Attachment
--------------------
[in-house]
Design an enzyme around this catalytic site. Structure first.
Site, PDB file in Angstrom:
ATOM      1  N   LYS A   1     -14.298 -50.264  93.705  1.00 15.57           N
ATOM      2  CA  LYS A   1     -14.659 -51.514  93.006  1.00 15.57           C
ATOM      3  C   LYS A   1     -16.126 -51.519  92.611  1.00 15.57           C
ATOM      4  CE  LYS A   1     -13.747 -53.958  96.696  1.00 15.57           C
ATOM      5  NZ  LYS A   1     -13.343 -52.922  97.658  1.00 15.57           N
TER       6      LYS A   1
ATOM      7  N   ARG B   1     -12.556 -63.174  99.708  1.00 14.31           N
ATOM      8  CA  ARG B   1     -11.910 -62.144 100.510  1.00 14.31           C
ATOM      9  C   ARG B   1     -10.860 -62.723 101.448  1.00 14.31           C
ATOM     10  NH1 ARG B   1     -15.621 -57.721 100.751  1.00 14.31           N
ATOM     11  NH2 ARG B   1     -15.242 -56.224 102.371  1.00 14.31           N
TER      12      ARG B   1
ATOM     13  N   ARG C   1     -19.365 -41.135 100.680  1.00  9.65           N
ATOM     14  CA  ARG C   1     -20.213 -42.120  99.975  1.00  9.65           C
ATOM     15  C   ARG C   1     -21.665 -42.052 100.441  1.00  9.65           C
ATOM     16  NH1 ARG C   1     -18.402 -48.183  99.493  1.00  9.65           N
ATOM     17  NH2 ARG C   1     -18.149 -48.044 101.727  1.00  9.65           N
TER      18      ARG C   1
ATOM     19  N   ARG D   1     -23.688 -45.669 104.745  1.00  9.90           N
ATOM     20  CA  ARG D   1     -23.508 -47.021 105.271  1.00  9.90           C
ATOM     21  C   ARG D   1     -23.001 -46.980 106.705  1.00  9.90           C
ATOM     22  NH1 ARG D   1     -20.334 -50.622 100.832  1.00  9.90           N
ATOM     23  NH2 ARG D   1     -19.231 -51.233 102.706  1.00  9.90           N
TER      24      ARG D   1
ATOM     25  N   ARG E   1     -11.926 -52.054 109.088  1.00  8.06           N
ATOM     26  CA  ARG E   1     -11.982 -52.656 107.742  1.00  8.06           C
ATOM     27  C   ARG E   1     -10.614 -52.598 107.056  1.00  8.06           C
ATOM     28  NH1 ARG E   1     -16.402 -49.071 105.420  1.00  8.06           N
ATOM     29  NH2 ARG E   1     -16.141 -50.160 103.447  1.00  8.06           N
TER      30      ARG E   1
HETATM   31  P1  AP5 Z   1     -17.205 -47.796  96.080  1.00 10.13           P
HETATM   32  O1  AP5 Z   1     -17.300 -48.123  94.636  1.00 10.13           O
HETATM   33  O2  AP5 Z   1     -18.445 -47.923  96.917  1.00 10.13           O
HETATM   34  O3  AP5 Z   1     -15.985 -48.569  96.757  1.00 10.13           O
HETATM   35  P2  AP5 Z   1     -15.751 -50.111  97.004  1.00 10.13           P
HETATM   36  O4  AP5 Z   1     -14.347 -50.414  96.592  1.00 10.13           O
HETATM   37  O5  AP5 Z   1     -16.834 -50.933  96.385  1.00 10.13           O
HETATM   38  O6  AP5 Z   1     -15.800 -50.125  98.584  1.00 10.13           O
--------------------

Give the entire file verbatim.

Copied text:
[in-house]
Design an enzyme around this catalytic site. Structure first.
Site, PDB file in Angstrom:
ATOM      1  N   LYS A   1     -14.298 -50.264  93.705  1.00 15.57           N
ATOM      2  CA  LYS A   1     -14.659 -51.514  93.006  1.00 15.57           C
ATOM      3  C   LYS A   1     -16.126 -51.519  92.611  1.00 15.57           C
ATOM      4  CE  LYS A   1     -13.747 -53.958  96.696  1.00 15.57           C
ATOM      5  NZ  LYS A   1     -13.343 -52.922  97.658  1.00 15.57           N
TER       6      LYS A   1
ATOM      7  N   ARG B   1     -12.556 -63.174  99.708  1.00 14.31           N
ATOM      8  CA  ARG B   1     -11.910 -62.144 100.510  1.00 14.31           C
ATOM      9  C   ARG B   1     -10.860 -62.723 101.448  1.00 14.31           C
ATOM     10  NH1 ARG B   1     -15.621 -57.721 100.751  1.00 14.31           N
ATOM     11  NH2 ARG B   1     -15.242 -56.224 102.371  1.00 14.31           N
TER      12      ARG B   1
ATOM     13  N   ARG C   1     -19.365 -41.135 100.680  1.00  9.65           N
ATOM     14  CA  ARG C   1     -20.213 -42.120  99.975  1.00  9.65           C
ATOM     15  C   ARG C   1     -21.665 -42.052 100.441  1.00  9.65           C
ATOM     16  NH1 ARG C   1     -18.402 -48.183  99.493  1.00  9.65           N
ATOM     17  NH2 ARG C   1     -18.149 -48.044 101.727  1.00  9.65           N
TER      18      ARG C   1
ATOM     19  N   ARG D   1     -23.688 -45.669 104.745  1.00  9.90           N
ATOM     20  CA  ARG D   1     -23.508 -47.021 105.271  1.00  9.90           C
ATOM     21  C   ARG D   1     -23.001 -46.980 106.705  1.00  9.90           C
ATOM     22  NH1 ARG D   1     -20.334 -50.622 100.832  1.00  9.90           N
ATOM     23  NH2 ARG D   1     -19.231 -51.233 102.706  1.00  9.90           N
TER      24      ARG D   1
ATOM     25  N   ARG E   1     -11.926 -52.054 109.088  1.00  8.06           N
ATOM     26  CA  ARG E   1     -11.982 -52.656 107.742  1.00  8.06           C
ATOM     27  C   ARG E   1     -10.614 -52.598 107.056  1.00  8.06           C
ATOM     28  NH1 ARG E   1     -16.402 -49.071 105.420  1.00  8.06           N
ATOM     29  NH2 ARG E   1     -16.141 -50.160 103.447  1.00  8.06           N
TER      30      ARG E   1
HETATM   31  P1  AP5 Z   1     -17.205 -47.796  96.080  1.00 10.13           P
HETATM   32  O1  AP5 Z   1     -17.300 -48.123  94.636  1.00 10.13           O
HETATM   33  O2  AP5 Z   1     -18.445 -47.923  96.917  1.00 10.13           O
HETATM   34  O3  AP5 Z   1     -15.985 -48.569  96.757  1.00 10.13           O
HETATM   35  P2  AP5 Z   1     -15.751 -50.111  97.004  1.00 10.13           P
HETATM   36  O4  AP5 Z   1     -14.347 -50.414  96.592  1.00 10.13           O
HETATM   37  O5  AP5 Z   1     -16.834 -50.933  96.385  1.00 10.13           O
HETATM   38  O6  AP5 Z   1     -15.800 -50.125  98.584  1.00 10.13           O